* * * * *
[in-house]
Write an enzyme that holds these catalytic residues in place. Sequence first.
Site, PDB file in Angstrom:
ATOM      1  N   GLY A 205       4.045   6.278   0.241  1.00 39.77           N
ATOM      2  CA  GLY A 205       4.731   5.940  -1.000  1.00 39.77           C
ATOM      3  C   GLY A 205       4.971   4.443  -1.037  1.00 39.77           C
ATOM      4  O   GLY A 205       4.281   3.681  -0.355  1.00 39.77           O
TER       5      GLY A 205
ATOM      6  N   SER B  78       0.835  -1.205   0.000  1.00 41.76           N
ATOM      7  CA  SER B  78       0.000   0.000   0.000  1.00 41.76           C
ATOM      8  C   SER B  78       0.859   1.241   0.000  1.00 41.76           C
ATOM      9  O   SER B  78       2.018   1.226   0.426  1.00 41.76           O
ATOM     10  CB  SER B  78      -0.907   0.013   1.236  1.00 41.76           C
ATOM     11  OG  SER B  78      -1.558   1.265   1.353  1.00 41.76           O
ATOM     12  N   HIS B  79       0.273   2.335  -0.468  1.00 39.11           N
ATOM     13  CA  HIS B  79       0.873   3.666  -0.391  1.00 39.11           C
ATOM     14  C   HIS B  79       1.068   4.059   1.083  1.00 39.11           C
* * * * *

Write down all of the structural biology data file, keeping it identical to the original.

[in-house]
Write an enzyme that holds these catalytic residues in place. Sequence first.
Site, PDB file in Angstrom:
ATOM      1  N   GLY A 205       4.045   6.278   0.241  1.00 39.77           N
ATOM      2  CA  GLY A 205       4.731   5.940  -1.000  1.00 39.77           C
ATOM      3  C   GLY A 205       4.971   4.443  -1.037  1.00 39.77           C
ATOM      4  O   GLY A 205       4.281   3.681  -0.355  1.00 39.77           O
TER       5      GLY A 205
ATOM      6  N   SER B  78       0.835  -1.205   0.000  1.00 41.76           N
ATOM      7  CA  SER B  78       0.000   0.000   0.000  1.00 41.76           C
ATOM      8  C   SER B  78       0.859   1.241   0.000  1.00 41.76           C
ATOM      9  O   SER B  78       2.018   1.226   0.426  1.00 41.76           O
ATOM     10  CB  SER B  78      -0.907   0.013   1.236  1.00 41.76           C
ATOM     11  OG  SER B  78      -1.558   1.265   1.353  1.00 41.76           O
ATOM     12  N   HIS B  79       0.273   2.335  -0.468  1.00 39.11           N
ATOM     13  CA  HIS B  79       0.873   3.666  -0.391  1.00 39.11           C
ATOM     14  C   HIS B  79       1.068   4.059   1.083  1.00 39.11           C